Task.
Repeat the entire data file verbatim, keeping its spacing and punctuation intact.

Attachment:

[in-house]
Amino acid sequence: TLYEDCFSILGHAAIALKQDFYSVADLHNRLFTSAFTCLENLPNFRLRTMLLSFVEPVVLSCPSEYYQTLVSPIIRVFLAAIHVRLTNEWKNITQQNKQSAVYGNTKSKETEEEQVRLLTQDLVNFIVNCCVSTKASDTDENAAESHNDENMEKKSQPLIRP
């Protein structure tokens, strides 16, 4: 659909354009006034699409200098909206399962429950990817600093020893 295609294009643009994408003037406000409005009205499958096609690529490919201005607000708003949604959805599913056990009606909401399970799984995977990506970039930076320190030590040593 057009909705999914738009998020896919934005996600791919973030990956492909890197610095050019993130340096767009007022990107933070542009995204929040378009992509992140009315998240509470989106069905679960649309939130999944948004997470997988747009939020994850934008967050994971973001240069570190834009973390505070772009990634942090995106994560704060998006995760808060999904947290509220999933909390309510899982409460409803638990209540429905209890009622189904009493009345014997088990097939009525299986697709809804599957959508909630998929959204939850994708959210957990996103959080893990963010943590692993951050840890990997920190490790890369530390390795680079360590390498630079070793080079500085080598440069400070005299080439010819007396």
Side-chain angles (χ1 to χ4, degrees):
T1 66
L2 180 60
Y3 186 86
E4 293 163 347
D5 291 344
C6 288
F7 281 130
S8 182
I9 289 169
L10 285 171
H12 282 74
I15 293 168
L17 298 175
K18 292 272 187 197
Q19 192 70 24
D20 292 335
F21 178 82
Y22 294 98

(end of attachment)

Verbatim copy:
[in-house]
Amino acid sequence: TLYEDCFSILGHAAIALKQDFYSVADLHNRLFTSAFTCLENLPNFRLRTMLLSFVEPVVLSCPSEYYQTLVSPIIRVFLAAIHVRLTNEWKNITQQNKQSAVYGNTKSKETEEEQVRLLTQDLVNFIVNCCVSTKASDTDENAAESHNDENMEKKSQPLIRP
């Protein structure tokens, strides 16, 4: 659909354009006034699409200098909206399962429950990817600093020893 295609294009643009994408003037406000409005009205499958096609690529490919201005607000708003949604959805599913056990009606909401399970799984995977990506970039930076320190030590040593 057009909705999914738009998020896919934005996600791919973030990956492909890197610095050019993130340096767009007022990107933070542009995204929040378009992509992140009315998240509470989106069905679960649309939130999944948004997470997988747009939020994850934008967050994971973001240069570190834009973390505070772009990634942090995106994560704060998006995760808060999904947290509220999933909390309510899982409460409803638990209540429905209890009622189904009493009345014997088990097939009525299986697709809804599957959508909630998929959204939850994708959210957990996103959080893990963010943590692993951050840890990997920190490790890369530390390795680079360590390498630079070793080079500085080598440069400070005299080439010819007396």
Side-chain angles (χ1 to χ4, degrees):
T1 66
L2 180 60
Y3 186 86
E4 293 163 347
D5 291 344
C6 288
F7 281 130
S8 182
I9 289 169
L10 285 171
H12 282 74
I15 293 168
L17 298 175
K18 292 272 187 197
Q19 192 70 24
D20 292 335
F21 178 82
Y22 294 98